It's all about the timing.
Or, at the least, timing has a lot to do with what makes us laugh. I've read articles which say you can't teach timing, that you either have it or you don't.
But I don't agree. I think, like most things, if you want to learn it, you can. But it will come naturally to some and for others, it will require a whole lot of work.
Ok, so first things first, what exactly is timing?
"At its best, comedic timing is the interplay of inflection, gesture, pacing, attitude and rhythm. It’s like jazz with words." Doug Stevenson, Comedy Writing and Timing
Of course, he's talking about being a stand-up-and-deliver-your-lines comedian, but you can still apply his definition of timing to writing. It's all about how you present the joke.
So, what are some ways to improve the timing in your fiction?
Here are three steps:
#1: Set it up
Make sure you reader is aware of what is going on. Take the time (however much is needed) to set up your scene. Set up your story. Give them specific expectations of what should happen.
#2: Get them to look the other way
Distract your audience with something new and shiny and interesting, something that makes them look away for a moment.
Then slap them with the punchline. Give your readers what they didn't expect, the surprising, yet inevitable outcome.
Last year I wrote a story for the Platform-building Challenge. It was a flash fiction contest. And...I hope it's a decent example of a piece with good timing...
Shadows crept across the wall. Guppy’s heart thundered in his chest. His palms grew slick with sweat. He slipped into his closet and hid behind his lucky orange chess club t-shirt and matching slacks.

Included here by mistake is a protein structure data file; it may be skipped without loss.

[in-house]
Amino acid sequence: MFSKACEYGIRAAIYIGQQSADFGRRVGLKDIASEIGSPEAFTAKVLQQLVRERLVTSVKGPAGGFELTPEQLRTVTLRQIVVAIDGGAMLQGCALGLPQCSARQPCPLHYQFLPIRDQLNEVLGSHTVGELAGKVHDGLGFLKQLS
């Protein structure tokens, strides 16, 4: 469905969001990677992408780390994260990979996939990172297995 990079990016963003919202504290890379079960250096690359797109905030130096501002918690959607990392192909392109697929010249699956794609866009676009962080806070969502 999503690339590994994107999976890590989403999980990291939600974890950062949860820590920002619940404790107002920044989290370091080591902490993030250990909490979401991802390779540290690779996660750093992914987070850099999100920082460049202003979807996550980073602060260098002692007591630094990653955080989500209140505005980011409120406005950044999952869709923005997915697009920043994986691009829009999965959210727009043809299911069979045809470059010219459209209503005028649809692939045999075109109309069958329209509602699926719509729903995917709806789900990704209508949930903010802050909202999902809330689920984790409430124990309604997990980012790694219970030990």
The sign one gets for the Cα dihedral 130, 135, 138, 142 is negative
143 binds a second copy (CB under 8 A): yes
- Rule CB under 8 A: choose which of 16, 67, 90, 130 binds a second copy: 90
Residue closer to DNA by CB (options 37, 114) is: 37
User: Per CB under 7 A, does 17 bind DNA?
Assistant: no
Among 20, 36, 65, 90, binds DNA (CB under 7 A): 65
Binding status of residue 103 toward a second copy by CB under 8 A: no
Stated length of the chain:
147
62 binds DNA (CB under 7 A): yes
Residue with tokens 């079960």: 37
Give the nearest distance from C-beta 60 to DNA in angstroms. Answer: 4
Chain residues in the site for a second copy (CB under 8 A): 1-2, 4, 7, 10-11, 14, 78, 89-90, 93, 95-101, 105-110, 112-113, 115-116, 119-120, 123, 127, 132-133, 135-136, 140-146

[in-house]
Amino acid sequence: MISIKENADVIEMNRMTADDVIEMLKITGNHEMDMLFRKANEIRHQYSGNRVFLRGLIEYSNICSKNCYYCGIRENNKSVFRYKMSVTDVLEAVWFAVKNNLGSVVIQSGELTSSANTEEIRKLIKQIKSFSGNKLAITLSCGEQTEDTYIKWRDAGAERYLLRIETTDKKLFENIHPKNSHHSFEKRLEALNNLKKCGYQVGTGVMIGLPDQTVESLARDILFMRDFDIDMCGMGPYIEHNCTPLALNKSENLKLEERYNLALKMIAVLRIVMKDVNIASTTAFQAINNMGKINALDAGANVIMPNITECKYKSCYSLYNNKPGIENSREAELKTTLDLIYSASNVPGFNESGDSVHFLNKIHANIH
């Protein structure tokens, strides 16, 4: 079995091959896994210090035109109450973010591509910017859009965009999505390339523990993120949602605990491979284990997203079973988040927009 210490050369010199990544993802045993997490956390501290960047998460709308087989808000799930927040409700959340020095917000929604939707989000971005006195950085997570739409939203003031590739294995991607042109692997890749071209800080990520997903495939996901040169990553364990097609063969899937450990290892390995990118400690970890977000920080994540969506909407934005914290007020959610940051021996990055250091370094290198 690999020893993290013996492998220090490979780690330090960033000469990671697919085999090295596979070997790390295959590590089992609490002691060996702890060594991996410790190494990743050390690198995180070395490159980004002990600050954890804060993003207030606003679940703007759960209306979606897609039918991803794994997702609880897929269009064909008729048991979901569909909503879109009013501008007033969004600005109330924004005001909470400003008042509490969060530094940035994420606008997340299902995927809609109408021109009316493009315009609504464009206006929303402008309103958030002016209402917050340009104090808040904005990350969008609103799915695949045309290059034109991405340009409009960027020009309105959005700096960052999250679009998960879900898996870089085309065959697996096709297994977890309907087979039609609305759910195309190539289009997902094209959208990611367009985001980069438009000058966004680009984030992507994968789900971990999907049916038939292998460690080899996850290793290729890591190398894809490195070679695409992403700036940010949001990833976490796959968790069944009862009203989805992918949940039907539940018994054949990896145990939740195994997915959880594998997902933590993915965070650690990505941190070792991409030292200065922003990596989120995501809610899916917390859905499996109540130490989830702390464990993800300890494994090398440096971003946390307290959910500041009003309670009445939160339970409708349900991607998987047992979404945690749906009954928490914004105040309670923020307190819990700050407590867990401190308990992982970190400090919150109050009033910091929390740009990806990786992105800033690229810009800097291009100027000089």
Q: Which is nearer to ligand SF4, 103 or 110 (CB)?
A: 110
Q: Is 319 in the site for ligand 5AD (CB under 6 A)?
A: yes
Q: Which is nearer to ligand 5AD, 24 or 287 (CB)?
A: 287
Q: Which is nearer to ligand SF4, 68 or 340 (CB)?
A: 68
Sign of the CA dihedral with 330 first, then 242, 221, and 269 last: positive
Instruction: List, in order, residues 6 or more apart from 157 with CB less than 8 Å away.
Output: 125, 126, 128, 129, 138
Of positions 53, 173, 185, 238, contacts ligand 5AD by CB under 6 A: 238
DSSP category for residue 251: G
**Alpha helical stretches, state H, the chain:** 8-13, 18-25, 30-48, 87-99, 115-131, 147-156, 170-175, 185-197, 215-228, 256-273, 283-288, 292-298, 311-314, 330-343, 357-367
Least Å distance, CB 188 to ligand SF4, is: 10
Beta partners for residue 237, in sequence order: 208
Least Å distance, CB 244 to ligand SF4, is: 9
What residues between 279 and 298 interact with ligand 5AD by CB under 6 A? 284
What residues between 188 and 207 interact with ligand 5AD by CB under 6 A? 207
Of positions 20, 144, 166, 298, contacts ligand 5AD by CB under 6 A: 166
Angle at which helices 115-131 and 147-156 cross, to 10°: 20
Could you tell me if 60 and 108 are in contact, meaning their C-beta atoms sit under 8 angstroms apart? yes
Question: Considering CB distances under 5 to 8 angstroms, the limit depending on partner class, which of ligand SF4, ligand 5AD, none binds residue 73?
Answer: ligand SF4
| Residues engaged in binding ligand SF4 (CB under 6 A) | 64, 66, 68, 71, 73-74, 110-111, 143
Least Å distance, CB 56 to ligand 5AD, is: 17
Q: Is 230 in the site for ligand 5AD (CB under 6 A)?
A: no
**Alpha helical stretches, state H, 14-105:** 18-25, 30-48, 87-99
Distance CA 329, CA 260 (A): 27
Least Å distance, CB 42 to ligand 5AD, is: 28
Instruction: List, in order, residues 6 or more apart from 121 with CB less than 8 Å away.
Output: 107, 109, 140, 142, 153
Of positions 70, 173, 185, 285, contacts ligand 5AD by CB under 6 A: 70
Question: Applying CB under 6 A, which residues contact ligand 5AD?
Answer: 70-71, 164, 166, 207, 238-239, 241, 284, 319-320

“Guppy,” the soft voices whispered. “Guuuupppppppy.”
For a brief moment, Guppy considered joining them. But, no. He had to be strong. Guppy forced himself to stay hidden.
If only he’d chosen a different magic spell to practice.
But it was too late. The damage was done. He clutched his wand, wishing he knew how to reverse the spell.
They moved closer to his hiding spot. The closet door creaked open. In the moonlight, Guppy saw a flash of white. Sharp nails dug into his skin as multiple hands yanked Guppy from his imagined safety.
“We found him!” the voices cheered.
And then the fighting began.
“No, he’s not
Brittany! Get back!”
“Get your pom-poms out of my face! I want my Guppy!”
Guppy was thrown around like a basketball in a championship game.
“Please, please, let me go!” Guppy pleaded.
Guppy asked himself, “Why, oh why, did I have to cast a love spell on the whole entire cheerleading squad?”
And then everything faded.
So, did I get the timing right?
#1: I set up the story. I wanted it to sound like a creepy, scary tale. I wanted readers to imagine a horrible beast or creature out to get poor, unfortunate and nerdy Guppy. So, their expectation is that something is hunting him and something is going to get him (mwhahahahahaha!)
#2: Distraction. I made readers think about the magic wand and spell. They begin to (hopefully) wonder what Guppy did. What did he summon?
Do you feel as if timing comes naturally to you? Or is it something you have to work at?